There was Min Hogg, who was young and arty, had long dark hair, and wore black most of the time. Min let me wear her fishnet stockings and high-heeled shoes, so I could practice walking like a fashion model, up and down the driveway. Later I came to recognize her as an actress he was seeing during the making of Freud, when I went to visit him on that set. And Valeria Alberti, an Italian countess. Very cool, a little boyish. She had piercing brown eyes, acne scars, and a good suntan. Dad would find this vastly amusing. How was our French coming along? How many fish had Tony caught? I was unfamiliar with the word.

It sounded French. From his lips, it sounded like a sin, worse than lying or stealing or cowardice. Now and again, I sensed intrigue and mystery among the grown-ups, with their raised eyebrows and whispering in the halls of St. Or Rin Kaga, a samurai warrior whom Dad had encountered during the making of The Barbarian and the Geisha, descending from the Napoleon Room, so-called because of its lavish Empire bed, in full kimono, with tabis on his feet. He spoke not a word of English but had shed a few joyous tears at breakfast when he was re-united with Dad.

Dad explained that a samurai was allowed to cry only a few times in his entire life. For me, who until recently had cried an average of three or four times a day, this was an extraordinary idea to ponder. Seated on the green corduroy sofa at the coffee table in front of the turf fire, framed by a veined Connemara-marble mantelpiece and Mexican finials, Dad sketched on white notepads in pencil and Magic Marker, his back to the great wealth of achievement on the bookshelves, which inspired and interested him.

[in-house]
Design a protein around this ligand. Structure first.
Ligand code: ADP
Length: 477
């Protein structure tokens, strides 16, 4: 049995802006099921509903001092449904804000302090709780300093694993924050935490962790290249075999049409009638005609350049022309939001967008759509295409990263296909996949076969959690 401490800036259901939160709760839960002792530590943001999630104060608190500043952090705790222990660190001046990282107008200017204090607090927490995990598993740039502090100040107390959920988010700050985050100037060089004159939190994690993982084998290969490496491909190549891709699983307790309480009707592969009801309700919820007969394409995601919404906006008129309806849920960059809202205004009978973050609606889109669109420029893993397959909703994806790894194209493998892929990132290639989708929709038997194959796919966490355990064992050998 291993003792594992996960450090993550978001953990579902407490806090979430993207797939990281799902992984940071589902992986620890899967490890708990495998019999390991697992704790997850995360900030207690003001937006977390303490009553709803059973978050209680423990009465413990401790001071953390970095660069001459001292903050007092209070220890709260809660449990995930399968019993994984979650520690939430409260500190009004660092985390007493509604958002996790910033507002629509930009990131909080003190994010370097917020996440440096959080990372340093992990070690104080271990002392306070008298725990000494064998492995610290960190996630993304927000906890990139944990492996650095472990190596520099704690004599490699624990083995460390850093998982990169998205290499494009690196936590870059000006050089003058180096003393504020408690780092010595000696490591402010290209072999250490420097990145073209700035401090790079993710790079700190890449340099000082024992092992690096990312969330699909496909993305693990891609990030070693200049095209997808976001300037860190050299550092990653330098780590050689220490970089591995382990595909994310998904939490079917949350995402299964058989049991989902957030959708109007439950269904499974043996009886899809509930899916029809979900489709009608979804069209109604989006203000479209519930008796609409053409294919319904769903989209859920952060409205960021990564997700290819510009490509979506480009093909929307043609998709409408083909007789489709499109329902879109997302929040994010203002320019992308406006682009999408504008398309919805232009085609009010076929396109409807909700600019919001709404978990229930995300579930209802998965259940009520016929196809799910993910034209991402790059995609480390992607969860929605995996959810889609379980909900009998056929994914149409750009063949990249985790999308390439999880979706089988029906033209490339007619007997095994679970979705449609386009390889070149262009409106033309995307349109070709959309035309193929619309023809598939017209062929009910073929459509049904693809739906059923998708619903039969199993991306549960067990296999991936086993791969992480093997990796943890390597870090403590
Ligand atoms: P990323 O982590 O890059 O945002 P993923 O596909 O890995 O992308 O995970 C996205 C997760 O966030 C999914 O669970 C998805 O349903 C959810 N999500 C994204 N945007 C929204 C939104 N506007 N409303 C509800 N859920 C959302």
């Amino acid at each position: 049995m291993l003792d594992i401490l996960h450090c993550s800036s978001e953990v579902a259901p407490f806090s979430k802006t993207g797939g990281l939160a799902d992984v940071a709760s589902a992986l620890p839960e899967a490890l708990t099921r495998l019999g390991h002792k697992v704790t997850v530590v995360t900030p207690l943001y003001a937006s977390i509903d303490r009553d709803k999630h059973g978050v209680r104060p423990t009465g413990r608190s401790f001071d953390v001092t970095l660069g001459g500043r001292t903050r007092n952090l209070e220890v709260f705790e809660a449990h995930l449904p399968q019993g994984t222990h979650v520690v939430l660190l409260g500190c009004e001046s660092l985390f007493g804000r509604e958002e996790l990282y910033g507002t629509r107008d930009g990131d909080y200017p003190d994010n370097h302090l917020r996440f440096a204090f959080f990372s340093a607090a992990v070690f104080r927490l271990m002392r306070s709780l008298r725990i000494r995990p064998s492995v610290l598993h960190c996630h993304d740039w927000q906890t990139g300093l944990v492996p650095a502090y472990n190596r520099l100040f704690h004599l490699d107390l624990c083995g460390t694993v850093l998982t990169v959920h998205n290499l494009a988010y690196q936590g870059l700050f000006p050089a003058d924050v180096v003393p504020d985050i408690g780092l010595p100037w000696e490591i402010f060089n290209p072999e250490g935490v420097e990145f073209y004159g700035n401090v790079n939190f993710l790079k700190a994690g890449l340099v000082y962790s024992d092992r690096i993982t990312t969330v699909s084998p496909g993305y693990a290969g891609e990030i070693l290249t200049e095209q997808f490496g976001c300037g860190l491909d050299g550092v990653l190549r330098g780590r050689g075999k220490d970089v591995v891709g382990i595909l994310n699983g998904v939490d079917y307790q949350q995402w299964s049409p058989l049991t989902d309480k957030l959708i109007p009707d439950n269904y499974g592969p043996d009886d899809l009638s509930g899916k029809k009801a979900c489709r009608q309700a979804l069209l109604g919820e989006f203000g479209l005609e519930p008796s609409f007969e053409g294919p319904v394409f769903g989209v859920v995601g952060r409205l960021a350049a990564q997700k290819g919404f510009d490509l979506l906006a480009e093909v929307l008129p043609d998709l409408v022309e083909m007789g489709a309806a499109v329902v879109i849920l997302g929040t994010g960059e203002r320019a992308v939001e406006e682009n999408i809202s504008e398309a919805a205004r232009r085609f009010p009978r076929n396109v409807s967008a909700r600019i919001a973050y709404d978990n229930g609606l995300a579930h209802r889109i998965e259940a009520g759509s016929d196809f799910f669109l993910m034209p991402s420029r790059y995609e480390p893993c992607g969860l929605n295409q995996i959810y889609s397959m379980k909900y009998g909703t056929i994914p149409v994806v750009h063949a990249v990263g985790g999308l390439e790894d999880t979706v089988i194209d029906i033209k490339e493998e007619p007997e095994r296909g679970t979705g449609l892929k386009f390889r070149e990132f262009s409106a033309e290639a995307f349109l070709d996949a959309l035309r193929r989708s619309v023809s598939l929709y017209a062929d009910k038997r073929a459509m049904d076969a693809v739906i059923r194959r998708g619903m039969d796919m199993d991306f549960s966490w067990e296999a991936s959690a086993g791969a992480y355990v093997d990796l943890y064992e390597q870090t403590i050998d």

A high level of accomplishment was like fuel. I would try not to appear too self-conscious or overly self-critical when I saw the sketch. But painting is isolating, and Dad was a social creature. Clerans three times a year, every year, over the school holidays.

A year older than I, strong and tall, Lizzie had skin like peaches and cream, thick corn-yellow hair, blue eyes, and Slavic cheekbones, and she shared my love for horses and dogs. Like me, she had a poodle.

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Mine was called Mindy; hers was Topsy. We had met one weekend when her parents took Mum and me to Bruern Abbey, the beautiful Oxfordshire estate of Michael Astor. Lizzie and I were in the pantry giving Mindy a clip, and it was taking forever to trim her fur. Upstairs the adults were having a dinner party. Mum and Natasha came to tell us it was time for bed, but we resisted. Often, when we were up at the Big House for lunch, Dad would beam when Lizzie Spender walked into the dining room. And Lizzie would blush. After lunch, Dad might recruit someone to pose for him up at the loft.